"You may stop now, girls," the Wolluf said. "We have arrived."
It was the Wolluf talking, but the cute puppy was nowhere to be seen. Molly was not seeing the uncomfortable-making brilliant darkness. The only person near us who was not us had to be the Wolluf—besides, the bulky man wearing clunky boots, baggy trousers, and a long-sleeved shirt buttoned up to the neck was speaking in the Wolluf's voice. He had very pale skin, yellow eyes, pointy teeth, long hair, and whiskers all over his face—he was handsome in a scary way.
"You changed," I said.
"I do that—especially during a full moon. And so have you," the Wolluf said. "Have a look at yourself."
My hand, holding the bags of lunch, was covered with lovely soft orangey fur. When I pushed my sleeve up, I saw that my arm was furry too, and stripey with alternating reddish and yellowish stripes. My cheeks felt fuzzy.
"How do I look?" I asked Molly.
"Much more pussycat-ish," Molly said. "It's a good look for you. How about me? Anything different?"
I looked Molly over. "You still look like you, only maybe a foot taller, and you sort of remind me of Chicken Nancy now—something about the look in your eyes."
"You'd best put your cloak on, Audrey-Elizabeth," the Wolluf said. "And you too, Molly—just so we all look like a group from the same period."
"Is this what you actually look like?" I asked the Wolluf.
"It is at present," the Wolluf said. "Same as it is with you. Now take a look around and tell me where you think we are."
"It's a lot like downtown Poughkeepsie," I said. "Is it Poughkeepsie?"
"I recognize some buildings," Molly said. "But they look a little different."
"It smells different too," I said. "I smell woodfires, and coal, and horses—and is that cough drops?"
"Also, some of the people are unlike the citizens of Poughkeepsie as we have come to know them," Molly said. "For example, there are many of what seem to be lizards, walking upright and wearing old-fashioned clothing, and birdlike people. Also regular humans, or something close to it."
"So what gives?" I asked the Wolluf. "Where are we, and what is the nature of this place?"
"Well, as I was explaining to you, this is a sort of quasi-existential plane. It is squished in between the plane on which Poughkeepsie as you know it exists and some other plane of a more stable nature, and has attributes of both, plus qualities of its own. We are neither here nor there, and that goes for time as well as space. Feel free to ask questions."
"I have a question," I said. "That building with the golden statue of a chicken on top—unless I am mistaken, it is very much like the building I have visited many times as the site of the Panopticon Theatre, a popular movie house. But as I see it now, it has no marquee and no box office, and instead has an ornate set of doors with another golden chicken above them. Can you explain how and why it is different?"
"Certainly," the Wolluf said. "The building as you have known it contains a movie theater, but a hundred years earlier it was the Temple of the Mystic Brotherhood, a popular secret society or lodge to which many prominent citizens of Poughkeepsie belonged in the early and mid-nineteenth century. The golden chicken is their insignia."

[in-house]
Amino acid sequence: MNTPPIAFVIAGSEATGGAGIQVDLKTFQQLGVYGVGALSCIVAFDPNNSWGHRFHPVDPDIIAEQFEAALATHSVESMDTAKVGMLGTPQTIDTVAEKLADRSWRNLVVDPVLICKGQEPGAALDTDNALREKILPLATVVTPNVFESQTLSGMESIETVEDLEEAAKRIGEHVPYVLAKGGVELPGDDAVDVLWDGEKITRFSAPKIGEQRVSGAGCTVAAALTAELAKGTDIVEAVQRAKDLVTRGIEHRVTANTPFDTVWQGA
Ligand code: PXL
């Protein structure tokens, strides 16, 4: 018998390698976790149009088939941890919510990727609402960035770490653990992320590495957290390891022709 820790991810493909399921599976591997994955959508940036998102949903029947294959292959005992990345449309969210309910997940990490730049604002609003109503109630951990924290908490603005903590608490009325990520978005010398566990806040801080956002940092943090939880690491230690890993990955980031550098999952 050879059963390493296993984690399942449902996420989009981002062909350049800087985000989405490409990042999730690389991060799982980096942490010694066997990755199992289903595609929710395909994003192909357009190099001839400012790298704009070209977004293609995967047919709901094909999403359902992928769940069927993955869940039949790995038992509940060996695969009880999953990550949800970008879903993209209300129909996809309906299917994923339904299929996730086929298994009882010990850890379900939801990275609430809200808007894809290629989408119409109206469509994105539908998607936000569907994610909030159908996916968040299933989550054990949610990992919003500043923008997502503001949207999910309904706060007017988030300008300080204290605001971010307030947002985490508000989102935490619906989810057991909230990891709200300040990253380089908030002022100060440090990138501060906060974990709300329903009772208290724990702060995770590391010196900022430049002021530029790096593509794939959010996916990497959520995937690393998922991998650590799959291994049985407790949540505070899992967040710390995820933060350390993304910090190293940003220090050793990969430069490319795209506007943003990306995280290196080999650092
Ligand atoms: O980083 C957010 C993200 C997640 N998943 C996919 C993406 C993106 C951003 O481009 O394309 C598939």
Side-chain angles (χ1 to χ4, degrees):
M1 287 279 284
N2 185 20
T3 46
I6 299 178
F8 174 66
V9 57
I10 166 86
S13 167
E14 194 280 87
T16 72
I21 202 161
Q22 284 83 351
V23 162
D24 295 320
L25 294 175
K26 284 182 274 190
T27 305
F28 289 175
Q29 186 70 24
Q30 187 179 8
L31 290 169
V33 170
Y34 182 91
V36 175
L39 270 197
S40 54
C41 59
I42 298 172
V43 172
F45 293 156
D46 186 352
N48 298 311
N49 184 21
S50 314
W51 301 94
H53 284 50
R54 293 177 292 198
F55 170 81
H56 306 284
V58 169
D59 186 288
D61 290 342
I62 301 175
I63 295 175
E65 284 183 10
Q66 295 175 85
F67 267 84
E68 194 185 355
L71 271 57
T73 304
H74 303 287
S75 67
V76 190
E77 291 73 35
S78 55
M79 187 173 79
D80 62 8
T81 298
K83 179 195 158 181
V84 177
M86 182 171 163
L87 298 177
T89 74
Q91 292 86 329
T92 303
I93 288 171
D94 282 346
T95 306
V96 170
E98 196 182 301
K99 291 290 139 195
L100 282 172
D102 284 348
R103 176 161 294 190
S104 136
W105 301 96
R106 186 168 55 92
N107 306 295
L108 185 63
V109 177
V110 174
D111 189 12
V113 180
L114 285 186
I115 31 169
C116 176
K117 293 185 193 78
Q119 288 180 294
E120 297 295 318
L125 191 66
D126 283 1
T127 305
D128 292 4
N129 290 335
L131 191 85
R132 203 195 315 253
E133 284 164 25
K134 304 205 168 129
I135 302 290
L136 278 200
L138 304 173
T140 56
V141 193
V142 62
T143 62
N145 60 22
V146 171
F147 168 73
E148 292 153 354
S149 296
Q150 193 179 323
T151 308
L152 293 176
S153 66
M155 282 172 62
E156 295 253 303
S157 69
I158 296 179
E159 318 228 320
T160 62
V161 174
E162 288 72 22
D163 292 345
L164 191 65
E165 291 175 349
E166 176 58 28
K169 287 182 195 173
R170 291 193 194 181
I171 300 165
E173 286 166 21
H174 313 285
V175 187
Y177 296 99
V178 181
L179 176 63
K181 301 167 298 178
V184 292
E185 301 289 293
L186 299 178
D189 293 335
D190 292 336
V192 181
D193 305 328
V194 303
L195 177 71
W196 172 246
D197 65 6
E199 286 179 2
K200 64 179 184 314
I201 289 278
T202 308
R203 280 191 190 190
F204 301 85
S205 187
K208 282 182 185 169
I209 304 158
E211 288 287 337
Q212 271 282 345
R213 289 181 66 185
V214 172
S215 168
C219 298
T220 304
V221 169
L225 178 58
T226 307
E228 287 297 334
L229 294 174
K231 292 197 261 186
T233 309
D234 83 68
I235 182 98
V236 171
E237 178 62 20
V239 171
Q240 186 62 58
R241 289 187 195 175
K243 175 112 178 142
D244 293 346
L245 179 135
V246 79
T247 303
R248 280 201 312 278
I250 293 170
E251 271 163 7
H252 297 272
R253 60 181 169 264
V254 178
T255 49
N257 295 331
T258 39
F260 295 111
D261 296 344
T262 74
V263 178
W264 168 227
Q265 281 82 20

"So is it a hundred years earlier here?" I asked the Wolluf.
"In places," the Wolluf said.
"In places?" I asked.
"Time is unstable here," the Wolluf said. "The building is as it was a hundred or more years before you knew it in Poughkeepsie, but here in Apokeepsing, it may be much older than that, or it may exist in the future. And the building next to it, which is a Portuguese bakery in your time, might be of a whole different time period, older, newer, not built yet, or long ago collapsed into a heap of dust."
"And the building next to that, which is designed to look like a gigantic green
"I have no idea," the Wolluf said. "And to add to the confusion, since this is an unstable plane, what you are seeing now may be changed, or not here, or mean something else tomorrow."
"In other words, a mishmash," Molly said.
"I believe that was how I described it," the Wolluf said.
"I have done comparatively little television-watching in my young life," Molly said. "Since my early days were off with the dwergs of the mountains, and I didn't have a regular home, really, until I landed at the loony bin—and there, of course, the TV is on all the time—but I am sure I have seen fifty stories with a premise just like this."
"Well, of course," the Wolluf said. "They love to make those because they can reuse sets and scenery from other shows ... and let's say they have half enough cowboy costumes, and half enough Nazi costumes. They just write a script about a world where there are Nazis and cowboys. It's a cheap device used in movies too. Pretty soon fiction writers will start using it in books."
"So why did you bring us here?" I asked. "Not that it isn't very interesting."
"I thought I would show you something in the Temple of the Mystic Brotherhood," the Wolluf said. "They have a sort of museum of antiquities and curiosities there."
"Okay, let's go in," I said.
"It's not as easy as that," the Wolluf said. "Only members may enter, and they are really strict about it."
"But you're the Wolluf. You can do anything, right?"
"It's true I have powers on the plane we just came from—but here I have them and I don't. It's best not to try to do anything fancy. To enter the temple, we'd need to get permission from Baas Kwaadwillig."
"Baas Kwaadwillig is the master of the Mystic Brotherhood. He also runs the town—call him the mayor, or the dictator. And he is dangerous and evil."